While most young Hongkongers have given up on buying their own home, a 98-year-old mother felt that it’s about time she acquired her own flat.
The old lady showed up at the sales office of Grand Central Phase 1 in Kwun Tong, which Sino Land Co. Ltd. launched on Tuesday, and bought a three-bedroom flat in the new residential estate for around HK$15 million, the Hong Kong Economic Journal reports.
It’s not often that we see people of advanced years buy such an expensive flat.
It turns out that the woman bought it not for herself but for her son.
According to estate agent Midland Realty, the woman has no property under her name.
Under current regulations, she only needs to pay a buyer stamp tax of 3.75 percent based on the price of the flat as a first-time homebuyer.
Had her son, who already owns a flat, bought the same property in his name, he would have to pay a double stamp duty of 15 percent.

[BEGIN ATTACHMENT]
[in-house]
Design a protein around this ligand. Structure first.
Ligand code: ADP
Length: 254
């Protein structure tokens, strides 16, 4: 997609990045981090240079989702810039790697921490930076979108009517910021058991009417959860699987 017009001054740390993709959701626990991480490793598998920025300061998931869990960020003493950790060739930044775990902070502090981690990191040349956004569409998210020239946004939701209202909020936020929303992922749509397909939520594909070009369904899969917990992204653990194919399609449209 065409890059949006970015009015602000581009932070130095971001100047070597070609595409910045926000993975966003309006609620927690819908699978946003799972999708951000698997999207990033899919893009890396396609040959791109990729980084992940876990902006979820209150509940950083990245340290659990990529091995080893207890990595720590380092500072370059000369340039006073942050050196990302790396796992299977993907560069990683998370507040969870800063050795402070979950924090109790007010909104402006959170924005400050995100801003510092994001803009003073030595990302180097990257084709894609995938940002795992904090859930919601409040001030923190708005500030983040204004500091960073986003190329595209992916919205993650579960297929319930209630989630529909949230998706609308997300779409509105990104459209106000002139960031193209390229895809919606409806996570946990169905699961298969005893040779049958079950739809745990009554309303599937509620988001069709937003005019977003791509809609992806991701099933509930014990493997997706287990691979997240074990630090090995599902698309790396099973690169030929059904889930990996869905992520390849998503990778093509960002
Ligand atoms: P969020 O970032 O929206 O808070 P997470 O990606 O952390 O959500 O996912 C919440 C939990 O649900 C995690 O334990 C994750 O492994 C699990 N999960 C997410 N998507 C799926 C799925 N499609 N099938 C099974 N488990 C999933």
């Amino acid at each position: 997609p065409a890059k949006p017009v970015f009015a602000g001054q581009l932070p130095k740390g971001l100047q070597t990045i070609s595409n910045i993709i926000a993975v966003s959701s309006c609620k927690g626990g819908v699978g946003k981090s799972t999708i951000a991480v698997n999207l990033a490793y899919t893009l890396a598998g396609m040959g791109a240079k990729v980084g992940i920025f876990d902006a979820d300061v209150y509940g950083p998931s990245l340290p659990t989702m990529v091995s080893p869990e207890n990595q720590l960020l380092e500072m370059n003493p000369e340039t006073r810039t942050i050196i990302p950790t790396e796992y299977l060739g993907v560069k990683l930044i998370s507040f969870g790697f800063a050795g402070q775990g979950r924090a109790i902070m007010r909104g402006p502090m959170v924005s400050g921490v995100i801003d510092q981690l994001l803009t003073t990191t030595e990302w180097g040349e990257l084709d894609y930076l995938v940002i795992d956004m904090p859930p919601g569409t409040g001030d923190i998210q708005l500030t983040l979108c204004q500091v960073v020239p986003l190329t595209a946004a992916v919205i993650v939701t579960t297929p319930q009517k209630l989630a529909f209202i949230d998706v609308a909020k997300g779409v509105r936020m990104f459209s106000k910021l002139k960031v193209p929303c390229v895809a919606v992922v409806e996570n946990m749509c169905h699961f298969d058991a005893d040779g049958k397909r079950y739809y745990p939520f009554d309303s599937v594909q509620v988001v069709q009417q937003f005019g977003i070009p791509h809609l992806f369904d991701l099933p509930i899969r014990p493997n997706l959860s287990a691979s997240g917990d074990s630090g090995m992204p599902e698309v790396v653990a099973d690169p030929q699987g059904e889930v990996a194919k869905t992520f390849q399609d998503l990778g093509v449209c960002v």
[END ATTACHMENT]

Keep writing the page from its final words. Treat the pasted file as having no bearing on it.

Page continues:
The new tax regime was instituted by the government to prevent speculators from further boosting home prices to levels unaffordable to first-time homebuyers.
Midland Realty says she has to pay a stamp tax of about HK$562,500, which is reasonable enough because the amount would have been HK$2.25 million if the buyer was the son himself.
In other words, the son saved more than HK$1.68 million thanks to his mother.
Now, would a nonagenarian be able to take out a mortgage for the flat?
Sharmaine Lau, chief vice-president of mReferral Mortgage Brokerage Services, says an elderly homebuyer can still get a mortgage from a bank as long as the buyer and a borrower jointly apply for the loan, and the borrower promises to pay for it.
Meanwhile, a 92-year-old man also bought a flat at Grand Central.
While their cases may seem rare, Lau says it is quite often that we see parents buying homes in the name of their children, adding that such cases now account for about 12 percent of all property transactions this year, up from 9 percent last year.
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